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Changing your name after marriage: Should you do it?

 - Changing your name after marriage: Should you do it?

Sofeminine's Sophie Herdman says that it's your choice if you take your husband's name and no one should tell you otherwise.

I always worry about the future; it’s just something I do. So it’s not surprising that at the tender young age of 25, with no plans to get married at any point soon, I'm already worrying about whether I should take my future husband’s surname.

I appreciate that this sounds ridiculous. But bear with me. I think the reason I worry about this so much is because it’s one of those questions that I just don’t know the answer to. On the one hand, I love the idea of being united with a partner through a shared name; on the other hand I wonder why I should have to surrender my surname? As Meryl Streep says, it’s complicated, so let’s take a look at the arguments.
Reasons to take your hubby's name

In the ‘take your husband’s surname corner’ we have a few strong arguments. Some say it makes you closer, more of an item, more united. I’ve got to say that I agree. Despite my fairly strong feminist views on quite a lot of things, I’ve never viewed taking my future partner’s name as a representation of him owning me, I’ve merely seen it as a uniting, a cementing of a partnership. At the same time, that niggling thought keeps on popping up: 'Why should it be me that loses my surname?!' 

Next up, and a clincher for me, is that old kids question. I wouldn’t want to have a different surname to my children (assuming they take my husband’s name, and that’s a whole other argument). I wouldn’t like it if people thought I was their step mum. And a final argument - what if you’re not deeply attached to your surname, but you love your husband’s? It’s a pretty superficial point, sure, but one that is often a deal breaker.

Why you shouldn't take their name

In the ‘no way what are you thinking taking your husband’s name’ corner, we have some more strong arguments. Why should you have to take your husband’s name? Why shouldn’t he take yours? Does it mean you lose your identity? What if you’re the last person in the family to be able to carry on the surname? And the reverse of the aforementioned superficial argument - what if you’ve just got a really great surname like ‘Blanket’, ‘Valentini’ or ‘Power’ (some of my personal favourites).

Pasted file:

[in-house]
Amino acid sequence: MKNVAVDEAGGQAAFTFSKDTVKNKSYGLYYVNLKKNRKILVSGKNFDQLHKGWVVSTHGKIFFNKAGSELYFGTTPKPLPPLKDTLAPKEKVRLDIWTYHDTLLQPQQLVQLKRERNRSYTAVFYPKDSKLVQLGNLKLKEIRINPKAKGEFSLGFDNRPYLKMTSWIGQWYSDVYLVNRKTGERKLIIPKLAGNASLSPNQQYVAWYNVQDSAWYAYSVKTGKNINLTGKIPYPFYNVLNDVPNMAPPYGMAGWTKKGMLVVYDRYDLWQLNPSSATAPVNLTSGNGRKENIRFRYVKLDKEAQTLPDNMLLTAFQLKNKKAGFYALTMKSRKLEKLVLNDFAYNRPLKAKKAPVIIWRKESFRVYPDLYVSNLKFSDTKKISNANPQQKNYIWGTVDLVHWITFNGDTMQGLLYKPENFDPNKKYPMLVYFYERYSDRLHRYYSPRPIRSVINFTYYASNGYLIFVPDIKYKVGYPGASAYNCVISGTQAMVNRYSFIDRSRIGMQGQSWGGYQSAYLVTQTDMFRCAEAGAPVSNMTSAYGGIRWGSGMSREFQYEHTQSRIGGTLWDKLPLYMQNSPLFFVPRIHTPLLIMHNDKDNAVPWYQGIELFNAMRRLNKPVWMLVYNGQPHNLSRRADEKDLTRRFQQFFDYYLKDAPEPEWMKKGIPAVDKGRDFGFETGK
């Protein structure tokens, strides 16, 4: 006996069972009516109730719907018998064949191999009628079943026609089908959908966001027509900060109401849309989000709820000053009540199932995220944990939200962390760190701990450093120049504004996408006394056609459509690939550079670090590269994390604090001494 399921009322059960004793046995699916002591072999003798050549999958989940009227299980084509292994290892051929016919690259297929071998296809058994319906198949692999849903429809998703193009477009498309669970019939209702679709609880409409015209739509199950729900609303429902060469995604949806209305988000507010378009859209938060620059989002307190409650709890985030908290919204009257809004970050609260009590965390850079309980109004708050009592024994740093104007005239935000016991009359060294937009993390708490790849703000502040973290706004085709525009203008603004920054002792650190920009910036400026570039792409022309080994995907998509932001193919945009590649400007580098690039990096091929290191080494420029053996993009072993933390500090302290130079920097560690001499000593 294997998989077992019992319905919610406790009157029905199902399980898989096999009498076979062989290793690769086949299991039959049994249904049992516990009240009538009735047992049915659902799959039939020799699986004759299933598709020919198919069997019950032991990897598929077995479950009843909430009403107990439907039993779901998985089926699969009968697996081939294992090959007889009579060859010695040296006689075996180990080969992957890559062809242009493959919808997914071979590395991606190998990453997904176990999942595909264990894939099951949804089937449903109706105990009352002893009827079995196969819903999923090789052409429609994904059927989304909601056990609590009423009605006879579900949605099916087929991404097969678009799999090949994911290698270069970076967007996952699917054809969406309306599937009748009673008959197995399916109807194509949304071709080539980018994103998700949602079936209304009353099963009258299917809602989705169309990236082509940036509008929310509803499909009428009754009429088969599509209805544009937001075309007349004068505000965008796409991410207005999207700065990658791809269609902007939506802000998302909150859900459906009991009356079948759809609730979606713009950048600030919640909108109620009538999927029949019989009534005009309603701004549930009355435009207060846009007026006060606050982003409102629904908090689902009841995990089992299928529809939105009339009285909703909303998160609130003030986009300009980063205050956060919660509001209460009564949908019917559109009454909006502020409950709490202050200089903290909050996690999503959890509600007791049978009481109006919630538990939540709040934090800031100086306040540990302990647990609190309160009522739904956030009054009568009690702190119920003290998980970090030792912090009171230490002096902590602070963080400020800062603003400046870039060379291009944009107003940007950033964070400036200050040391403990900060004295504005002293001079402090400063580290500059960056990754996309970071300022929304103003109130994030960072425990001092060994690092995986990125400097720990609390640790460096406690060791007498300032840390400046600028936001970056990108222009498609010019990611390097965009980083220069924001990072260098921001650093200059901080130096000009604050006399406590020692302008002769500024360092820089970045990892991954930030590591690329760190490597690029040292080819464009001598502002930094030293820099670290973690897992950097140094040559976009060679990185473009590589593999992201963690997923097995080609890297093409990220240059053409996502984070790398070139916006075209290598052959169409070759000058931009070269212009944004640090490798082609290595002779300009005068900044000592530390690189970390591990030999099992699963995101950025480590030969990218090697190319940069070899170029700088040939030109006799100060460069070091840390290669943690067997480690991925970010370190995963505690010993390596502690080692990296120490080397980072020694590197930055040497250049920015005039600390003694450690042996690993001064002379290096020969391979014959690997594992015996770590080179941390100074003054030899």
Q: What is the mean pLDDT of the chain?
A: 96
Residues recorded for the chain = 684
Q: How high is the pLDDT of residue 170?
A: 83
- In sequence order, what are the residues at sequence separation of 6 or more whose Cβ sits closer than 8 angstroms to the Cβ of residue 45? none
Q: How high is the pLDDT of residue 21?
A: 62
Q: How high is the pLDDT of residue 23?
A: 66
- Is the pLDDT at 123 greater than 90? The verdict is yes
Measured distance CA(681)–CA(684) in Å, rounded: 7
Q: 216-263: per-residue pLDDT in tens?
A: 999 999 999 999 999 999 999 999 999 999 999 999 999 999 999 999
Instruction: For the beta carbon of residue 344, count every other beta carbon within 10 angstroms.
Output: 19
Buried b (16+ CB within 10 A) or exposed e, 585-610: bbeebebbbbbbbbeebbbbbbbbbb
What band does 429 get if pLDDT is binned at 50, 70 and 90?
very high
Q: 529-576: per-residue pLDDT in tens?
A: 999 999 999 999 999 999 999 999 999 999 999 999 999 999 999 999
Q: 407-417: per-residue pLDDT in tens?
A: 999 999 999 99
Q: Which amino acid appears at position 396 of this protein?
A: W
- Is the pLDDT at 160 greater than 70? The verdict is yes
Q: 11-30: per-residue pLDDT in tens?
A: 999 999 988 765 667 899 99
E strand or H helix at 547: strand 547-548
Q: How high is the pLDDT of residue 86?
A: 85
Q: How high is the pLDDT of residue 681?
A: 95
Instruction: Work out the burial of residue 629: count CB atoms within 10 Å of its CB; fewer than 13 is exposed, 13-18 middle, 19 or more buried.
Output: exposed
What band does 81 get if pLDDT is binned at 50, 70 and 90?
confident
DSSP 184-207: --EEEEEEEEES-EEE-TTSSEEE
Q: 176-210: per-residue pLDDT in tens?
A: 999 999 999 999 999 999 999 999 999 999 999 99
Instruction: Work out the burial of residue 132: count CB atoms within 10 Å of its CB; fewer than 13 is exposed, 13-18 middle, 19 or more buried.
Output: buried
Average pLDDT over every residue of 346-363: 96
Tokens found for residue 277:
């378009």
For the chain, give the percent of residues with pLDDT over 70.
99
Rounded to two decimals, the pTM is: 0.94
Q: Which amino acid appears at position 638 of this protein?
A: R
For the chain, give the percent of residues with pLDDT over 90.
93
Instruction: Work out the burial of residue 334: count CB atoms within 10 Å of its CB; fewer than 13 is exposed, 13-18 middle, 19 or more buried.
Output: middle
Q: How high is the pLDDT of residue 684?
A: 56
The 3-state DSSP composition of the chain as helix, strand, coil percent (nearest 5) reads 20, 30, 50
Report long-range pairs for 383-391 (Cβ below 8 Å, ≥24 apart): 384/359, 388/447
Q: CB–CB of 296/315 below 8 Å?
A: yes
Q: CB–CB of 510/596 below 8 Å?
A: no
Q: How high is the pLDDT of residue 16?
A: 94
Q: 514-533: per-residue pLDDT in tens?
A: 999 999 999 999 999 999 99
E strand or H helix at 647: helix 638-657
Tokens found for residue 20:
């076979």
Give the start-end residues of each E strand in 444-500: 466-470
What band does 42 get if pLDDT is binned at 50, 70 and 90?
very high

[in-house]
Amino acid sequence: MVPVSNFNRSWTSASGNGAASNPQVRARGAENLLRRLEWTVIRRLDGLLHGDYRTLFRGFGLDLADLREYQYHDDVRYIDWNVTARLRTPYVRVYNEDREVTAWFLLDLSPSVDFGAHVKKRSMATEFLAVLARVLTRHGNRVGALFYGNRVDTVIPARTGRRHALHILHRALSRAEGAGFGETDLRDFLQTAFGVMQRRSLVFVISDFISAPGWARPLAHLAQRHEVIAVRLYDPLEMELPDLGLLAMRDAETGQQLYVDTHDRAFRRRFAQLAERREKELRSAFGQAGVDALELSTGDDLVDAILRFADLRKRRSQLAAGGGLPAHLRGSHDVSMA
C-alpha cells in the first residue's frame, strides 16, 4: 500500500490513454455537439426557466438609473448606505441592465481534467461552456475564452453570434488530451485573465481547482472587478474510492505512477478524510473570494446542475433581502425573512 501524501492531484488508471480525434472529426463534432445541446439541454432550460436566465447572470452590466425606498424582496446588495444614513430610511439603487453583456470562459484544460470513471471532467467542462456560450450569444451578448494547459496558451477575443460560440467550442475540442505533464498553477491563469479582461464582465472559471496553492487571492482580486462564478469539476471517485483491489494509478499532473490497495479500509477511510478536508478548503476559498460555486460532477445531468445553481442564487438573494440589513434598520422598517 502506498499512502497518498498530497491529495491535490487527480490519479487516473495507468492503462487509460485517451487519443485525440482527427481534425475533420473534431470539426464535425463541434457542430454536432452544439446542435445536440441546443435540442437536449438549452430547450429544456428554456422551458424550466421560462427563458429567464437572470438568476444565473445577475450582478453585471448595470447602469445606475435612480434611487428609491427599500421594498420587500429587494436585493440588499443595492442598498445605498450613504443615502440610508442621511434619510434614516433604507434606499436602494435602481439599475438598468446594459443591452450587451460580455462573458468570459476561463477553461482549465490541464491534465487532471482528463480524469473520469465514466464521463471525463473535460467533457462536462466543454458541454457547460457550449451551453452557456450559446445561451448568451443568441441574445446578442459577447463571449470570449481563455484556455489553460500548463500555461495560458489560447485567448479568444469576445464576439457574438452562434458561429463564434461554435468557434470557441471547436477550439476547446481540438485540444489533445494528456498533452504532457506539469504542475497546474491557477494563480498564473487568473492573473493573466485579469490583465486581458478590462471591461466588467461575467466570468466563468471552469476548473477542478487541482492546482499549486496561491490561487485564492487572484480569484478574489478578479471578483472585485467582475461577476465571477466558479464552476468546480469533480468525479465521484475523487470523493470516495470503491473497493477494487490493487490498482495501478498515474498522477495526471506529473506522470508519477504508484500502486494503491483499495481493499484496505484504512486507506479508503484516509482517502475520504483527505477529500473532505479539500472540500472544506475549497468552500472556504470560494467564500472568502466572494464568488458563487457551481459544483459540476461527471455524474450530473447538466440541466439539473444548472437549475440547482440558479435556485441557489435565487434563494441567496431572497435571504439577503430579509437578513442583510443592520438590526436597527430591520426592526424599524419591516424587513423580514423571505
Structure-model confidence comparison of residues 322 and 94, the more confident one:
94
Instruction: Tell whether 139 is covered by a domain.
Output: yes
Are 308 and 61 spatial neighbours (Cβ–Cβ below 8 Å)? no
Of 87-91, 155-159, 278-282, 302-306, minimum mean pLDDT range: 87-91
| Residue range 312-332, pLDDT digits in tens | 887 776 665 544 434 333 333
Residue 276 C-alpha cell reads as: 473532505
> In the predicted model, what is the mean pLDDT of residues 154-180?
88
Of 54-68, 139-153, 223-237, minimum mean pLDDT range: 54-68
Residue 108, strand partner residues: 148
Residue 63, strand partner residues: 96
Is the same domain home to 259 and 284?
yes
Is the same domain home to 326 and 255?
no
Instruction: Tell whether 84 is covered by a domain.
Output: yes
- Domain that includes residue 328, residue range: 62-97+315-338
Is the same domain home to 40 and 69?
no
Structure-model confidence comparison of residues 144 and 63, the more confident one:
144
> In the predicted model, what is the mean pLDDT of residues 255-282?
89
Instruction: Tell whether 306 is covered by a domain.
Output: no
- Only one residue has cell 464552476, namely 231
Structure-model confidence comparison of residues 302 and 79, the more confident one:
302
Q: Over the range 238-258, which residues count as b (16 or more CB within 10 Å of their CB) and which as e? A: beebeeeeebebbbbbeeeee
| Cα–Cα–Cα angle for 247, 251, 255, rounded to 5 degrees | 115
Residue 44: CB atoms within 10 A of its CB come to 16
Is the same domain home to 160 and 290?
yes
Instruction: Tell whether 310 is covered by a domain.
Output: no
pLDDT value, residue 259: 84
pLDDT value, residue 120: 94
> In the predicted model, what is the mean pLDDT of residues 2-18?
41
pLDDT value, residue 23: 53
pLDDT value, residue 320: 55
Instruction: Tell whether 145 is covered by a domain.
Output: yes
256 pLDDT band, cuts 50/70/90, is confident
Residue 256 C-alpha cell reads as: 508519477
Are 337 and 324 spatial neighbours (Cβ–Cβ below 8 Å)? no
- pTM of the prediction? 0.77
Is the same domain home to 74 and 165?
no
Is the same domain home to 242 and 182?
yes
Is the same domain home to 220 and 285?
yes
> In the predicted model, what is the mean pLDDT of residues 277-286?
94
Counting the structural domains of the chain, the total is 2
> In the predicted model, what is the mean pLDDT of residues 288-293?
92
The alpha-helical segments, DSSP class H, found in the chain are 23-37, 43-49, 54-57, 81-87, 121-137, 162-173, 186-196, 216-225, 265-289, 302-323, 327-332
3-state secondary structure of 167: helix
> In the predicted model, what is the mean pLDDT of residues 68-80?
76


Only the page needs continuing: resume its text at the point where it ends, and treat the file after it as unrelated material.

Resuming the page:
The solution
You see? They're all good arguments. Luckily, there are a few options. Some people opt for a double barrel surname (although, let’s face it, that’s a one generation solution). Others make up a whole new name. Another option that’s increasingly common is for a man to take his wife's name. It’s an interesting solution, but no matter how liberal and forward thinking I try to be, I can’t help feeling that in today’s society it runs the risk of being a tad emasculating for a man. Another option is the Spanish one, where a woman keeps her name, and children take on a part of both parent’s surnames (google it, it's a bit complex).

Personally, I imagine I will follow in the footsteps of Jessica Biel – keep my maiden name professionally, but my husband’s name at home. For me, my surname has a much tighter link with my identity at work than it does in my personal life.

It's all about choice
Perhaps one day we’ll look back at the time when we took our husband’s names and laugh. Who knows. Ultimately, though, the most important thing is that we women have a choice. That’s it’s not assumed that you will take his name.

But more than that, I think it’s vital that if a woman does choose to take her husband’s surname, that she doesn’t get a right telling off from other women for it and that she isn’t told she is no longer a feminist.

I’m really sick of seeing that. After all, if she’s chosen to introduce herself as Mrs Winklebottom for the rest of her life she must have her reasons.


Sophie Herdman
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